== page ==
Sequels are notoriously difficult things to pull off, even for the best directors out there. There’s a lot of shaky ground when it comes to brining a beloved hero or franchise back around for a second spin, and they often stumble and fall as they hit the big-screen. So we took a look at the five big sequels that failed to live up to the expectations:
Terminator 3: Rise of the Machines (2003)
The Terminator franchise faced some tough challenges when the third instalment was in planning stages. James Cameron – the genius behind the original Terminator and the brilliant sequel – had no interest in coming back on board. The movie focused heavily on John Connor, but Edward Furlong was facing severe addiction issues and was unable to reprise the role. They did have Arnold Schwarzenegger, but it had been nearly 20 years since the original and robots don’t tend to age. Terrible dialogue and ridiculous moments left Terminator 3: Rise of the Machines a disaster until the final five minutes, when it actually gets kind of cool.
The Hangover: Part III (2013)
Most everyone that saw The Hangover Part II felt it was a pale retread of the original, so a third movie left little hope, even with hardcore fans. The filmmakers and actors tried to mix it up and throw the gang back back Las Vegas without an actual hangover-induced memory lapse, but with all-too-familiar jokes, set-ups and scenarios, The Hangover Part III still felt tired and predictable.
Batman and Robin (1997)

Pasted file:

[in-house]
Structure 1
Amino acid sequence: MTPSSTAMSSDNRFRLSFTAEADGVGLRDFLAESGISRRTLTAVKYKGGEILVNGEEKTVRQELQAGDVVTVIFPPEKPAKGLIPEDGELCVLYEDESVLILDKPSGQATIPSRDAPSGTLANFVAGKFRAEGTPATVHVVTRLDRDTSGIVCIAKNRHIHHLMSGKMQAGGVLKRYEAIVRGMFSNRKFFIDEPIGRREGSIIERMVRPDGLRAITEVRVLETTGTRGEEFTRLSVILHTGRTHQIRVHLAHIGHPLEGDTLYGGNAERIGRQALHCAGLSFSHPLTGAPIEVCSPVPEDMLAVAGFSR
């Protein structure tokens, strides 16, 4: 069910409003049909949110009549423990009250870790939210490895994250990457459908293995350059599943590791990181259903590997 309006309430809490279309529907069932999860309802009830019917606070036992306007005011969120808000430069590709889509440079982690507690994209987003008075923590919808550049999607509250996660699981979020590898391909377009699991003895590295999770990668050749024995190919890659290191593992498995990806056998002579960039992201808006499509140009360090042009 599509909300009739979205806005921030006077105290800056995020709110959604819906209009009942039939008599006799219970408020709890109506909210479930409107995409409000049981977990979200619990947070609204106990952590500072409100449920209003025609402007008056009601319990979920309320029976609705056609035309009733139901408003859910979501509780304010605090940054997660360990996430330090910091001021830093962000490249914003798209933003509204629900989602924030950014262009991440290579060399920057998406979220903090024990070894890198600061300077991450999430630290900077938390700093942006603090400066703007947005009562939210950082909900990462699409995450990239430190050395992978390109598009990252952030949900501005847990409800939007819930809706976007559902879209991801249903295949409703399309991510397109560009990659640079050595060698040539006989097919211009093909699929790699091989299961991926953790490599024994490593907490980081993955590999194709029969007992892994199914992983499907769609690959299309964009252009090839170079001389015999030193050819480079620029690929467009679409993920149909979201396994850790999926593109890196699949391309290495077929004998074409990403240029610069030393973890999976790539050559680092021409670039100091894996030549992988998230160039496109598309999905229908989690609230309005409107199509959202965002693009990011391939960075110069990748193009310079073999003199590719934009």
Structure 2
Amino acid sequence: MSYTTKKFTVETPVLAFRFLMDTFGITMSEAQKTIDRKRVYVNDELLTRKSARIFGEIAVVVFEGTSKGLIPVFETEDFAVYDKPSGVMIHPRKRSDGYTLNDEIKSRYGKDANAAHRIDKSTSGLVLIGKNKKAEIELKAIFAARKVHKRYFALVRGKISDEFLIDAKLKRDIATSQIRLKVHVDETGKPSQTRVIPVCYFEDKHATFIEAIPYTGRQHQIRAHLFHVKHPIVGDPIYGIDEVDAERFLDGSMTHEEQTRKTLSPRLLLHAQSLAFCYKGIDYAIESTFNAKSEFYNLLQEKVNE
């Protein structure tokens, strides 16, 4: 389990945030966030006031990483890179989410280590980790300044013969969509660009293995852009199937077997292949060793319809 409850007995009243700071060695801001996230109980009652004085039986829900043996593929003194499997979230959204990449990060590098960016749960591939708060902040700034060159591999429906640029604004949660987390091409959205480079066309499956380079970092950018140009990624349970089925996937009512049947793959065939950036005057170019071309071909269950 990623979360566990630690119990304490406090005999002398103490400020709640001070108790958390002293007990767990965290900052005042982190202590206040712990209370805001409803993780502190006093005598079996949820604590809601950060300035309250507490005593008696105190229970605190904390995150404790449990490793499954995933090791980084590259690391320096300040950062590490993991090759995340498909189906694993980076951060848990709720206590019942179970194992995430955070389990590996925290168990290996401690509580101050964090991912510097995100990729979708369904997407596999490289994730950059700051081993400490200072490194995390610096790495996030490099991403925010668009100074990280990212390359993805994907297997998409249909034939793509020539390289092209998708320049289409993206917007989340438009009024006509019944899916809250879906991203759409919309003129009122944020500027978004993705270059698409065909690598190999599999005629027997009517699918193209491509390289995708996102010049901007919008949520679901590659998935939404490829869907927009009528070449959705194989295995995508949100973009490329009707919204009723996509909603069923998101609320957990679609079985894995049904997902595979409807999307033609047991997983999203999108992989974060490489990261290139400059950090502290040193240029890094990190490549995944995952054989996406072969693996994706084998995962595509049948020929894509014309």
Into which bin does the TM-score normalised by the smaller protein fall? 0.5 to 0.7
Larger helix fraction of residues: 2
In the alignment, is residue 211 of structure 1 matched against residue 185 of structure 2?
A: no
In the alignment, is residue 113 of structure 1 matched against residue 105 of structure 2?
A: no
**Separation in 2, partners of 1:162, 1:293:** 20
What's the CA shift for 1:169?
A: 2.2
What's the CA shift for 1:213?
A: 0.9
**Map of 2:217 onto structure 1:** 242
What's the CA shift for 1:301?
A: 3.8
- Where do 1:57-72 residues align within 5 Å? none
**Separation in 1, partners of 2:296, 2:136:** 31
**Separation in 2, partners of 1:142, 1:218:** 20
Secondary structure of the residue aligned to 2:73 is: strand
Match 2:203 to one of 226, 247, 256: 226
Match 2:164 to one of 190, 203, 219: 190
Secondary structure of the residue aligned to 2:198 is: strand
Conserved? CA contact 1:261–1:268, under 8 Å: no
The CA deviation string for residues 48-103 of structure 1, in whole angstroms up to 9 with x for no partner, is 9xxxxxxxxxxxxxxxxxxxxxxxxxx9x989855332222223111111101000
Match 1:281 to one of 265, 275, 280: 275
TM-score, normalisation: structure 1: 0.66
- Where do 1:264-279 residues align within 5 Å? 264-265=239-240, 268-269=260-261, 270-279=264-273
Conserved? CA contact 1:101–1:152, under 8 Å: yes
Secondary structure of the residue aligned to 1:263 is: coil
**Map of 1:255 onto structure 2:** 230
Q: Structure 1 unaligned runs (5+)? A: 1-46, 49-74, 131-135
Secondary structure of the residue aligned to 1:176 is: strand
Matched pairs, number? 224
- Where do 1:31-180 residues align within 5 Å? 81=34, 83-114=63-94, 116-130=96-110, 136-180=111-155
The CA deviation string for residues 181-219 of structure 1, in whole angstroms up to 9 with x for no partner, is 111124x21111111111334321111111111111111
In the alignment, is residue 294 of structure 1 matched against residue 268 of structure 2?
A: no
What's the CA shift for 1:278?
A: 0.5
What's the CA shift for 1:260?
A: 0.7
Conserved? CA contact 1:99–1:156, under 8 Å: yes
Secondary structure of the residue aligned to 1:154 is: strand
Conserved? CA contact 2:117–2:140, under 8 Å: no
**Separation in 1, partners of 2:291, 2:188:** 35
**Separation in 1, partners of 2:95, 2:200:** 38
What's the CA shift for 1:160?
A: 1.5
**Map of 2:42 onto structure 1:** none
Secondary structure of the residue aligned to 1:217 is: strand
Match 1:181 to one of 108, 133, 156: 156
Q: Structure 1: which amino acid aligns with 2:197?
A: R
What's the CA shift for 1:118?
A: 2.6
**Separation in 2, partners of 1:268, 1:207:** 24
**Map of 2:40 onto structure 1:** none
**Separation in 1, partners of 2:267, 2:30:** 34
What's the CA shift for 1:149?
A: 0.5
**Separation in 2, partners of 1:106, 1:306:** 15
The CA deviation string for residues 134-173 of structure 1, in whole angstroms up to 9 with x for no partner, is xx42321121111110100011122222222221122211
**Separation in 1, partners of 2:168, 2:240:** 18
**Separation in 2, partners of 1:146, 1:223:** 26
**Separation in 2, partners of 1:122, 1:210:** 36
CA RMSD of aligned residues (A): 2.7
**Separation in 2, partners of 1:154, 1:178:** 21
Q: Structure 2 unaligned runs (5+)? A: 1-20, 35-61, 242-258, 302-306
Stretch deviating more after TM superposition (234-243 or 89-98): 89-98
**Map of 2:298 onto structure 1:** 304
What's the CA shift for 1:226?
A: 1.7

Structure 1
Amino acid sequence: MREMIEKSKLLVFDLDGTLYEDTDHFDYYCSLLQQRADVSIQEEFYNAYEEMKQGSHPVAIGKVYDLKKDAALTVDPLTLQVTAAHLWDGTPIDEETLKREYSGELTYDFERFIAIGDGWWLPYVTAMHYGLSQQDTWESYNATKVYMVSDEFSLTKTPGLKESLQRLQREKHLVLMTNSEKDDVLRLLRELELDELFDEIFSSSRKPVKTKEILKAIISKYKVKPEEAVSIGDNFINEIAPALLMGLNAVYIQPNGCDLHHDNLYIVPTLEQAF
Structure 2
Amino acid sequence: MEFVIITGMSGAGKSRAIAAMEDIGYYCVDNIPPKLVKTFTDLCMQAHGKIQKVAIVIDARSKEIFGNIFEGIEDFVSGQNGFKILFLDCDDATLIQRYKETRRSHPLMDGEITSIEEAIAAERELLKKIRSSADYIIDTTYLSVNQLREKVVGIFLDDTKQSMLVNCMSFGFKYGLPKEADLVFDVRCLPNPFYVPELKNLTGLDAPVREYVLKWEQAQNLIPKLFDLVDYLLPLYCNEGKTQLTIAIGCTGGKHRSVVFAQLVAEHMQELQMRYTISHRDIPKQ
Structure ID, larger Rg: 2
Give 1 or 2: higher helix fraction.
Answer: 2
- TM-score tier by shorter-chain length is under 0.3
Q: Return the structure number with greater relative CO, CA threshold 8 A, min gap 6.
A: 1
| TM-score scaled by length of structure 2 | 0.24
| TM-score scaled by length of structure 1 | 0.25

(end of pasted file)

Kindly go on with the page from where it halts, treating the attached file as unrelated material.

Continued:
The stunningly inept Batman and Robin wasn’t only a shameful mess of an iconic comic book legacy, but it also hobbled the movie careers of Alicia Silverstone, Arnold Schwarzenegger, Chris O’Donnell and director Joel Shumacher in the process. Amazingly, George Clooney managed to walk away from it unscathed. “With hindsight it’s easy to look back at this and go, ‘Woah, that was really shitty and I was really bad in it,'” Clooney said years later. “It was a difficult film to be good in.” We’re not going to argue, Mr. Clooney.
Anchorman 2 (2013)
Comedy sequels are incredibly tricky to pull off, as was the case with The Hangover sequels. Anchorman 2 worked very hard to walk the line by updating the timeframe to the early 1980s and moving the action to New York, but still maintaining the tone of the first one. But the gags and characters felt way too calculable as you could almost hear the jokes before the characters blurted them out. Sadly, it lacked the freshness of the initial go-round. No movie could possibly have surpassed the original and this was indeed a noble effort, but it’s the first one people will be watching years from now, not the sequel.
Indiana Jones and the Kingdom of the Crystal Skull (2008)
A fourth Indiana Jones movie was something that people dreamed of, until it actually happened, now we want to erase it from our memories. The screenplay just wasn’t there, and bringing in Shia LaBeouf as Indy’s long-lost son was a critical error. “I feel like I dropped the ball on the legacy that people loved and cherished,” LeBeouf said in 2010. “We [Harrison Ford and LaBeouf] had major discussions. He wasn’t happy with it either. Look, the movie could have been updated. There was a reason it wasn’t universally accepted.” And that reason, our dear readers, was that it was terrible.
Which movie sequel do you think dropped the ball? Comment below and tweet us @MenStuffZA and let us know…